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The latest issue of Huck Magazine has the NoMa-approved title, "The Cat Power Issue" and what's more it is guest edited by Chan Marshall herself. Marshall and the Huck editors feature stories on Tame Impala, No Age, and U-God, as well as a new piece from music critic extraordinaire Greil Marcus on "the sweet spot where Cat Power and Bob Dylan connect." The issue concludes with a section of work curated by Marshall, with contributions from William T. Vollmann and Bob Dylan.

Back in June we wrote about Curious Iconic Craft, a book project from the people behind Huck Magazine exploring the history of magazine design. 

The Cat Power Issue is for sale from the Huck Shop.

About two years ago Geoff Manaugh, the editor of BLDGBLOG and the impressive Venue project, curated an exhibit called Landscape Futures: Instruments, Devices and Architectural Inventions at the Nevada Museum of Art in Reno. 

The exhibit collected projects from architects and designers whose work in one way or another affected the way we perceive landscapes, ranging from studies about the atmospheric preservation of artifacts in NYC museums, to more aggressive topics like climate manipulation as a form of weather warfare.

The exhibit has long since closed but this month Manaugh released a new book of work (borrowing the exhibit's original title) that continues to examine the perception of landscapes, with a new collection of essays on the subject, and supplementary material like a walking tour of dams and debris basins in Los Angeles. 

Landscape Futures is available now from Amazon.

Perhaps you don't often find time over the weekend to check out the latest papers on general relativity quantum cosmology or high energy theory. The PaperScape infographic is still worth a visit. The visualization tracks the connections between 869,759 published scientific papers in the arXiv database, with larger circles in the graphic representing documents most often cited. Zoom in on the map to see titles for the larger circles, automatically pulled from the most used words in each document. [via Information Aesthetics]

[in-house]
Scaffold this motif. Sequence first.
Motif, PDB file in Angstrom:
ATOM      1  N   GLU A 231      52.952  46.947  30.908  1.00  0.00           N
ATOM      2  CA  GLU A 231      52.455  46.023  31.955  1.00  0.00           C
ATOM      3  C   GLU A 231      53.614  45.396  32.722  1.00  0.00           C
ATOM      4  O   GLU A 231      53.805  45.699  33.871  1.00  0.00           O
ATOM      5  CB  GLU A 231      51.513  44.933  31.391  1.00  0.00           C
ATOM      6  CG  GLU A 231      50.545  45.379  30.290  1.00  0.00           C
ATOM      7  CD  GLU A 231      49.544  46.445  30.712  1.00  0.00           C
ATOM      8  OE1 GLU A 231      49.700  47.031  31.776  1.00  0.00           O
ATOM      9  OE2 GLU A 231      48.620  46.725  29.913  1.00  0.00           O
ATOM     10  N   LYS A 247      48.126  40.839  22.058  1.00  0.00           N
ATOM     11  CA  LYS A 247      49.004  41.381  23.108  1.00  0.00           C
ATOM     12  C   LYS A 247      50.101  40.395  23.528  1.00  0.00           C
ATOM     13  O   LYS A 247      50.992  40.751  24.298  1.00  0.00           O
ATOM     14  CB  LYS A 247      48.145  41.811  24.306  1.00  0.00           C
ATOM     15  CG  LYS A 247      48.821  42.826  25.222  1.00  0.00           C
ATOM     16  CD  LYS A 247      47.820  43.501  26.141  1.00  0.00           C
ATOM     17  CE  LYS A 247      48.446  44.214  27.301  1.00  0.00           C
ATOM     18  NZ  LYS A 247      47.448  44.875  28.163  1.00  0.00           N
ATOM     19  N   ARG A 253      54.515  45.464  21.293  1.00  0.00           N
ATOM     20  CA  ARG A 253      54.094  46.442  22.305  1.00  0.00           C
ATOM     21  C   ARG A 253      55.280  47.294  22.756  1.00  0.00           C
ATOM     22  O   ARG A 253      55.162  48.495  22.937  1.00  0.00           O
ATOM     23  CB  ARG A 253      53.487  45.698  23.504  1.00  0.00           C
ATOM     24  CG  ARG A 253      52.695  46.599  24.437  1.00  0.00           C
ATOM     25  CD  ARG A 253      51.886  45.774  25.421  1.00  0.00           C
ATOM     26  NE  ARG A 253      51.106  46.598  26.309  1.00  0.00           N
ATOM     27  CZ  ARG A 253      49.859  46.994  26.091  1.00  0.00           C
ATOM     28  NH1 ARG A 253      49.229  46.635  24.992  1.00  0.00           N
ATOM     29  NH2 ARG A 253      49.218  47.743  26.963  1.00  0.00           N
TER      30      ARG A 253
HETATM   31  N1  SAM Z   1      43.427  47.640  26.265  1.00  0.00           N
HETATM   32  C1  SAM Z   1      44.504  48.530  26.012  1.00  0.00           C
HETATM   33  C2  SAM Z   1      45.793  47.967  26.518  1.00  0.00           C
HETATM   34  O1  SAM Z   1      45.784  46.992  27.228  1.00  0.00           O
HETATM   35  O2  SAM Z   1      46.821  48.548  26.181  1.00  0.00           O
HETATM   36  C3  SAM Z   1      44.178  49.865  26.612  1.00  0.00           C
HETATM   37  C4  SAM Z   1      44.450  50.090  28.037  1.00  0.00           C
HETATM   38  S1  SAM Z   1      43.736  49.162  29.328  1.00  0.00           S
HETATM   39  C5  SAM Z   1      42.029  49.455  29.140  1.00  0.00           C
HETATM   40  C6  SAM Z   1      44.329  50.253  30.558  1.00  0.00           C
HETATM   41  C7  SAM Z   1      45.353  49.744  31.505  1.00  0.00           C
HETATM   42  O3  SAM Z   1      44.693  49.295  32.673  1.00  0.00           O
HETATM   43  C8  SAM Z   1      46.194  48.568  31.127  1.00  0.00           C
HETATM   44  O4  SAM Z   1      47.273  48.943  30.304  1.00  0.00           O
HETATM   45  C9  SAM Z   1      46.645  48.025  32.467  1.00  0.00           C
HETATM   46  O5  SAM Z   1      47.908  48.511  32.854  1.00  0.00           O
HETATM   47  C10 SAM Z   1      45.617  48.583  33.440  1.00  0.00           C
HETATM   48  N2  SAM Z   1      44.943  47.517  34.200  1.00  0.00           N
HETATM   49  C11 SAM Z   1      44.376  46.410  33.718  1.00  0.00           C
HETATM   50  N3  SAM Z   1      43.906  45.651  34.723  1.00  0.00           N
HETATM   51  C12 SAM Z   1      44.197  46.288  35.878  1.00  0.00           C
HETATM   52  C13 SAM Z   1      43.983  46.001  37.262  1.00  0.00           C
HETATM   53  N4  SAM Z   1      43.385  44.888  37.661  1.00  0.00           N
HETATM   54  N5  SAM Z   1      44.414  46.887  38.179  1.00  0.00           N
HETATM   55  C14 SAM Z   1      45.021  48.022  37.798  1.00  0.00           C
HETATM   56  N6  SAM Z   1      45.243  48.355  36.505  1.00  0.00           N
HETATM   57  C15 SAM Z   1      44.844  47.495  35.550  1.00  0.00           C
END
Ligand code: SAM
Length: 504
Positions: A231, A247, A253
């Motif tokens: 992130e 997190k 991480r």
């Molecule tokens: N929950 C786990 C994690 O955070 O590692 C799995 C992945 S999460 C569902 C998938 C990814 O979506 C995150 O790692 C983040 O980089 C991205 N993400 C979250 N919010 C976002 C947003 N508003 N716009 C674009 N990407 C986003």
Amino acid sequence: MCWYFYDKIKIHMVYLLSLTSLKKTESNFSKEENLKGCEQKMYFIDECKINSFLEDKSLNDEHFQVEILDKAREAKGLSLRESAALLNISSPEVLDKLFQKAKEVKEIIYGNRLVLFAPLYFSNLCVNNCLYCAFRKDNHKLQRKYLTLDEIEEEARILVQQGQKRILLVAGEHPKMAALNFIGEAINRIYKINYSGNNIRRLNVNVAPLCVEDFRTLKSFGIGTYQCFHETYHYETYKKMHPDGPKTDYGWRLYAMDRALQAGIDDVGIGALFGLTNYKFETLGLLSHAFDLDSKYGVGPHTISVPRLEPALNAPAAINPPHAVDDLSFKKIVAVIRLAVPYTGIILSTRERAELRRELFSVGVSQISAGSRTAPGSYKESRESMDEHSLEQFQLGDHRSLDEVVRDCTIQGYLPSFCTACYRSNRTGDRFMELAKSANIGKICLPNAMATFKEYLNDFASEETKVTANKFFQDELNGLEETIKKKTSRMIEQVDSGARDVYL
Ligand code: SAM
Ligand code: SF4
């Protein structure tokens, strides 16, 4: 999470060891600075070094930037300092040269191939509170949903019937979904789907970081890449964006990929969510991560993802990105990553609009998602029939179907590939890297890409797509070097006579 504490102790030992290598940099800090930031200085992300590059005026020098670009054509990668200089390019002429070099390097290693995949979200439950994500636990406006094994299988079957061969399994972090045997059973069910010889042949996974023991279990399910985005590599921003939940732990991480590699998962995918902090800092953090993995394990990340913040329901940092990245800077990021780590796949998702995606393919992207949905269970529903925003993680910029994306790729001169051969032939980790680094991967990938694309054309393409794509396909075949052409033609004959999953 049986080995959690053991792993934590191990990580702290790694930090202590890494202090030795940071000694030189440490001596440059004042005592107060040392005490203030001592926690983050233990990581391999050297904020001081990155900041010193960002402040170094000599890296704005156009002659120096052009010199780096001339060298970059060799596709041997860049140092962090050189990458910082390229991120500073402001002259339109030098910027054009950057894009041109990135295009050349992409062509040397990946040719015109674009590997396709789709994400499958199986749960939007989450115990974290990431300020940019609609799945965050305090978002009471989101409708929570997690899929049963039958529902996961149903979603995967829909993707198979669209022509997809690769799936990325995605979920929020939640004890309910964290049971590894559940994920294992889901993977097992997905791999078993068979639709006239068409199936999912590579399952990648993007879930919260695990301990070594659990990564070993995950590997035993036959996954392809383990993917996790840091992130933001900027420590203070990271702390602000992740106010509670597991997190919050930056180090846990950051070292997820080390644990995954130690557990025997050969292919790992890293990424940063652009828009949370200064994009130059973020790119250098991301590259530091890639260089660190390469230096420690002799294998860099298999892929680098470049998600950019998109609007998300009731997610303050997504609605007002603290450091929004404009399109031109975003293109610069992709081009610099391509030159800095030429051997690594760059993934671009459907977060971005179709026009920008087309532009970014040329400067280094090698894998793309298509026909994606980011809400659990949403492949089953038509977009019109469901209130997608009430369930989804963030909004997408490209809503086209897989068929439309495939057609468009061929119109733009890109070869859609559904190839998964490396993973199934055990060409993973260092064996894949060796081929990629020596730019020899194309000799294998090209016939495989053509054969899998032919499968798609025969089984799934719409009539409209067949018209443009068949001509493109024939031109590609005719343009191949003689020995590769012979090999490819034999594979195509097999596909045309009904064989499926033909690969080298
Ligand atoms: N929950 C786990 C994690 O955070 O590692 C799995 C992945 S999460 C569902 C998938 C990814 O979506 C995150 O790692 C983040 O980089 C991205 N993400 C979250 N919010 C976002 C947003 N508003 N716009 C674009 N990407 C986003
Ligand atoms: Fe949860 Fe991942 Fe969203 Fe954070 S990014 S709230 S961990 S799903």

PaperScape is the project of high energy physics researcher Damien George. Read his explanation of the project on his blog.

Ace Hotel and Ace Atelier have already shaken up the boutique hotel biz in the States with a quirky, vintage-inspired aesthetic that favors local flavor and unique character over the facade of luxury or predictable uniformity. This month, Ace Hotel London Shoreditch opens. Ace's first venture outside the U.S. will establish the name in a prime hub of creative London—and likely, we're guessing, be a stepping stone to a wider presence in Europe. But the Ace won't be a case of porting Portland to the East End. Rather, the Ace Hotel Shoreditch will be built on collabs with London locals. Here's what we know thus far.

• Local florist Hattie Fox will open a flower shop at the hotel.

tokyobike will produce a small fleet of bikes for guests to use in exploring the neighborhood.

• David Waddington and Pablo Flack of Bistrotheque will collab on the restaurant, restaurant bar and Lovage juice bar.

• Square Mile Coffee Roasters will open a lobby cafe and supply the coffee beans.

• Ace Hotel says the design for the exterior and interior will involve "local makers using traditional UK craftsmanship in a contemporary expression." Design firms Universal Design Studio, Crittall, Winchmore, Benchmark, Brockway, and Max Lamb, amongst others will create for the Shoreditch space.

• Room products will include Farmers' for Ace Hotel bath products, Rega turntables, custom Revo radios in all rooms, and a custom change tray by Ally Capellino.

• Designers John Smedley, Hancock, Assembil, Mr. Start and Gloverall designed the staff uniforms, but we've yet to see them ourselves.

Ace Hotel Shoreditch soft opens September 9 and accepts reservations for that date and beyond.